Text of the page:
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State Record Update, August 2020

I have not provided the usual state record updates this year.  There was a slow start to the year with little to report.  Then, June rolled around and there were three, big, state record fish caught in back-to-back-to-back weeks.  I blogged almost immediately about them because they were so notable .  Let me get back on track by giving a full run-down here.  Might as well start from the beginning, way back in February. . . .

Silver Carp

Hayden Hall of Auburn caught a silver carp from Duck Creek back at the end of February.  His fish weighed 15 pounds 1 ounce and was caught on a crankbait.  It was 33 inches long and more than doubled the old rod & reel state record (7 pounds 5 ounces).

StateRecordSilverCarpRodReelFeb2020b

I had no more state record applications cross my desk until June.  Then they started pouring in.

Flathead Chub

The first was a minnow, a 3 ounce flathead chub.  Danal Wilkie of Broken Bow caught that 8-inch fish at the Milburn Diversion Dam.  It ate a nightcrawler.

StateRecordFlatheadChubRodReelJune2020d

We did not have a rod & reel state record on the books for flathead chub.  Now we do.

Shorthead Redhorse Sucker

A shorthead redhorse sucker taken by bowfishing was next.  Bowen Fitts from Scottsbluff arrowed that fish at Lake Minatare.  It weighed 3 pounds exactly and was 19 1/2 inches long.

StateRecordShortheadRedhorseBowfishJune2020a

Bowen’s fish just barely beat the old bowfishing record shorthead redhorse–beat it by 2 ounces.

Then things got crazy.

Flathead Catfish

My smartphone started going nuts on a Sunday afternoon.  There was good reason!  Richard Hagen of Swanton caught a new rod & reel state record flathead catfish from the Missouri River in Nemaha County.  Once certified scales were found that were big enough to do the job, Richard’s fish weighed-in at 89 pounds!  It was 55 1/2 inches long and ate a live bluegill.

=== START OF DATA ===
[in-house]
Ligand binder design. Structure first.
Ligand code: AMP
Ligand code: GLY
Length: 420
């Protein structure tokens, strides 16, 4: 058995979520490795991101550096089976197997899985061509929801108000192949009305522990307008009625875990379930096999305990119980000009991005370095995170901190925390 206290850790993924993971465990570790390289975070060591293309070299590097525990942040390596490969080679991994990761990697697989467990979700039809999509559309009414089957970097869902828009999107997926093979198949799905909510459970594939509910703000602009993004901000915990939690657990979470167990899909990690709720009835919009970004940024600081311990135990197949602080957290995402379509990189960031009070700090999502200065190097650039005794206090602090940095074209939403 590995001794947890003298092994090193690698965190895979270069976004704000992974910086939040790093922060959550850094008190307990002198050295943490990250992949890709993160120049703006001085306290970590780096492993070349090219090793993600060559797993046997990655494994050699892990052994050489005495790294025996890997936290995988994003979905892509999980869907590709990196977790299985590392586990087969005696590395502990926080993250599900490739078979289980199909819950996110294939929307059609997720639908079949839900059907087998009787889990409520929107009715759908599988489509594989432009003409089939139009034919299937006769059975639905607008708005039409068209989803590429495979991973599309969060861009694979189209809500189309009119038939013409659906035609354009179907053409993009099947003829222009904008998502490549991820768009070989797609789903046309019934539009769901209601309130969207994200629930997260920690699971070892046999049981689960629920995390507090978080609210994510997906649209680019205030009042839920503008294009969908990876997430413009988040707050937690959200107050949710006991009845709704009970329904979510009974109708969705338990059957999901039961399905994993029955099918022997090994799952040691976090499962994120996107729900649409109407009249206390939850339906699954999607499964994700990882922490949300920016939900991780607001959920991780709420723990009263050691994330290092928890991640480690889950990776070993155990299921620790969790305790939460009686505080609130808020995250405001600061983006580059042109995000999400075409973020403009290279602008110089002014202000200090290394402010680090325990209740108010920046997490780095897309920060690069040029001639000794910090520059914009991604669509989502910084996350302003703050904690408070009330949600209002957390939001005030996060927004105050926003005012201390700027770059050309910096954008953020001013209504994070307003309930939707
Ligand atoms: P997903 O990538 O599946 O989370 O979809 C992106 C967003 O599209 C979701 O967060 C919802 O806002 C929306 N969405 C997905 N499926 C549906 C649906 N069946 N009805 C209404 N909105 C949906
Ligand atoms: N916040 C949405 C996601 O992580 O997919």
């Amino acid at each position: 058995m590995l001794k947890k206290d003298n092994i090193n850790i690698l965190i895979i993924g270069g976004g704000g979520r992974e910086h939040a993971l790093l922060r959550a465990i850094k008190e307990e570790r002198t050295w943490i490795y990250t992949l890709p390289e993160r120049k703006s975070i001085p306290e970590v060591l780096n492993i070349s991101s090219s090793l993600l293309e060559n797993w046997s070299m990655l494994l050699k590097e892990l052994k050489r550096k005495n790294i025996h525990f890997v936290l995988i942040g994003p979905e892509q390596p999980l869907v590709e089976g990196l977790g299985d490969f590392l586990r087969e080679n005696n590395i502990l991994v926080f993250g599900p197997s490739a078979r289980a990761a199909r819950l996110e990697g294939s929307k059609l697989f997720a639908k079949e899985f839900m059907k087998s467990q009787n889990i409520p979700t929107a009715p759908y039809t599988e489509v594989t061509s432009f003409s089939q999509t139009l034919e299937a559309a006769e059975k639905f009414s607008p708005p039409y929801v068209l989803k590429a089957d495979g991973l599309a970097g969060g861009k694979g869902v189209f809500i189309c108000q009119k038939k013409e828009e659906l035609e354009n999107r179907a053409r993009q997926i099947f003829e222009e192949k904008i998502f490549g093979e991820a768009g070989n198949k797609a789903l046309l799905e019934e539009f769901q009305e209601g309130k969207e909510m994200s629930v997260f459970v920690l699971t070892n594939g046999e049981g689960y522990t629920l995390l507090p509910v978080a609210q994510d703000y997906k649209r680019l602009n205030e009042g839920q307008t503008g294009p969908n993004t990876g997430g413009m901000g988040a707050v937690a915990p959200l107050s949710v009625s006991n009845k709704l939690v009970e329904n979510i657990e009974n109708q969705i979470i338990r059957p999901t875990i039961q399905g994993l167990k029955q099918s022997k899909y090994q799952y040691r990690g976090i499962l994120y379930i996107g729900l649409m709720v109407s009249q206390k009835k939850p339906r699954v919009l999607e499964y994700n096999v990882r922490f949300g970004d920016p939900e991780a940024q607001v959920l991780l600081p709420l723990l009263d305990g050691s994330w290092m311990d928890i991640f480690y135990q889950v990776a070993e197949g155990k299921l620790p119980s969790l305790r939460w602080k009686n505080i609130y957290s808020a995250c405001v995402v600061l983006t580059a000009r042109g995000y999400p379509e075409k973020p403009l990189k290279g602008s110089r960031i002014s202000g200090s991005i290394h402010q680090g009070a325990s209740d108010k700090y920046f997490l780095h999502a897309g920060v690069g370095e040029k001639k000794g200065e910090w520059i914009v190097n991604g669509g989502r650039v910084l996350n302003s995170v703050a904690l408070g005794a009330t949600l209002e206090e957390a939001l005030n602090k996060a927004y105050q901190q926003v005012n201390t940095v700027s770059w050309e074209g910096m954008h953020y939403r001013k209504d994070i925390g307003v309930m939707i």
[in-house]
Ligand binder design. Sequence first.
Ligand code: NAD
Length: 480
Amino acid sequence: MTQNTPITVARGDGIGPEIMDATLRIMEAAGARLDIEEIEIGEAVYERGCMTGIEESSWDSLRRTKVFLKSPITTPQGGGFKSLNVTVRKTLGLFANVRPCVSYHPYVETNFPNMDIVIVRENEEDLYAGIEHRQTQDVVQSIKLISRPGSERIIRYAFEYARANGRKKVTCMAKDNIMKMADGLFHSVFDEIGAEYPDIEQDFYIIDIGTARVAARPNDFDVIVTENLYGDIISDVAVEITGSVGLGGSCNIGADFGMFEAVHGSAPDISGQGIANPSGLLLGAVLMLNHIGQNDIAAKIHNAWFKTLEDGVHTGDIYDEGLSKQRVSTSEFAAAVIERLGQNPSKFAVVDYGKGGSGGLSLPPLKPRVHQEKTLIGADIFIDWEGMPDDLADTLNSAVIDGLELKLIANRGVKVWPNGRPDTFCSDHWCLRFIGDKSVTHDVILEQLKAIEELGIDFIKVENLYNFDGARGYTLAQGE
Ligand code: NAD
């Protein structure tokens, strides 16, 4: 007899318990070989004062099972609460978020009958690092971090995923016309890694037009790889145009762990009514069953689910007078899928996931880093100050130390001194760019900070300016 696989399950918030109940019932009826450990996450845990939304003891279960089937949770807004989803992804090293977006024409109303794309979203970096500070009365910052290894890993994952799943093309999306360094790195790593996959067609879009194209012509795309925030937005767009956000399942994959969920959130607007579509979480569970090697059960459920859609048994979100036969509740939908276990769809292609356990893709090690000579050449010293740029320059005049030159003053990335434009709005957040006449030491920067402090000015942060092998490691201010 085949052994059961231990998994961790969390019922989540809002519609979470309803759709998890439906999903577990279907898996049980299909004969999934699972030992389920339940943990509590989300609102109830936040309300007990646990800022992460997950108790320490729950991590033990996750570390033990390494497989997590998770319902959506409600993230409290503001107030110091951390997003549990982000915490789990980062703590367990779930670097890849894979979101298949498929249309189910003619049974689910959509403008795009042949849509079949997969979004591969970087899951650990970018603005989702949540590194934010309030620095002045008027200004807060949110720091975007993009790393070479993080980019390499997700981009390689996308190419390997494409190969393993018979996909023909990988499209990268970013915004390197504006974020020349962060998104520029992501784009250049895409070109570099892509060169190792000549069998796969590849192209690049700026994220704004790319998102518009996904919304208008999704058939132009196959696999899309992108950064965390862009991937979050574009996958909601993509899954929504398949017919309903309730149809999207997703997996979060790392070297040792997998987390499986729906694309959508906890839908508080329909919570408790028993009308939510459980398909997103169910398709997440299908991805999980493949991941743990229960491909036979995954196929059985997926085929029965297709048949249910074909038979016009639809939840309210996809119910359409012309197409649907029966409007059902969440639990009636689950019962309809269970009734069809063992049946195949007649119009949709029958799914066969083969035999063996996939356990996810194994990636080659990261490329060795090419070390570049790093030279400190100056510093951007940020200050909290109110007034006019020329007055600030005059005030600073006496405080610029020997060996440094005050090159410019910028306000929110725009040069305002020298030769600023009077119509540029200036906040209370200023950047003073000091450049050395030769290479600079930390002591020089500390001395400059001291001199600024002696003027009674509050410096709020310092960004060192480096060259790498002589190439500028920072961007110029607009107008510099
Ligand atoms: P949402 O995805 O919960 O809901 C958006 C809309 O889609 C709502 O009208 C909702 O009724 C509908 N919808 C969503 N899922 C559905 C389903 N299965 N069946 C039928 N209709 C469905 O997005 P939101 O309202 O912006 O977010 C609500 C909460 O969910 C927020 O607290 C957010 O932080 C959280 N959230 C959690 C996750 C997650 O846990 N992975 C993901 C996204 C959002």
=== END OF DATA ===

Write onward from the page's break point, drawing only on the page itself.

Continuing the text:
StateRecordFlatheadCatRodReelJune2020a

Our old state record for flathead catfish had stood at 80 pounds since 1988.  Now, flathead catfish can get very large, but to beat the old record by 9 pounds was surprising!

I immediately blogged about Richard’s fish, Stop the Presses, Big Fish!  The best part is that fish was released back into the river and who knows?  It could break the record again!

Wiper

The next weekend my phone did not ring, but Monday morning when I got into the office I immediately had an e-mail with news of another big fish.

This time it was a 21 pound 9 ounce wiper, a new rod & reel state record.  Tou Kong Yang from Westminster, Colorado caught that fish from Lake McConaughy.  Tou’s fish was 36 inches long and ate a swimbait.

StateRecordWiperRodReelJune2020bsmall
Photo from FaceBook.

Again, I immediately blogged about that fish, Stop the Presses, Big Fish, Second Week in a Row!  That wiper beat the old record by a pound and a half, a record that had stood since 1999.

Bighead Carp

After having two big fish, state record fish, in two weeks, the next week I was expecting another.  Could it happen?  Not right away, but it did.  This time another bowfishing state record, an 81 pound 14 ounce bighead carp.  Richard Porter from Omaha arrowed that bighead on a private pit in Dodge County.

StateRecordBigheadArcheryJune2020c

Bighead carp are another fish that can get quite large, obviously.  Richard’s fish beat the old record by 2 1/2 pounds.

Rumors

I heard some whispers of record-class crappie back in the spring, but they never panned-out.

State record certificates will soon be in the mail.  Congratulations, Hayden, Danal, Bowen, Richard H., Richard P., and Tou!

It never hurts to review the state record summary and rules in the Fishing Guide just in case you catch a surprisingly big fish.  Stay tuned.  When more record applications cross my desk, I will let you know!

About daryl bauer

Daryl is a lifelong resident of Nebraska (except for a couple of years spent going to graduate school in South Dakota). He has been employed as a fisheries biologist for the Nebraska Game and Parks Commission for 25 years, and his current tour of duty is as the fisheries outreach program manager. Daryl loves to share his educational knowledge and is an avid multi-species angler. He holds more than 120 Nebraska Master Angler Awards for 14 different species and holds more than 30 In-Fisherman Master Angler Awards for eight different species. He loves to talk fishing and answer questions about fishing in Nebraska, be sure to check out his blog at outdoornebraska.org.

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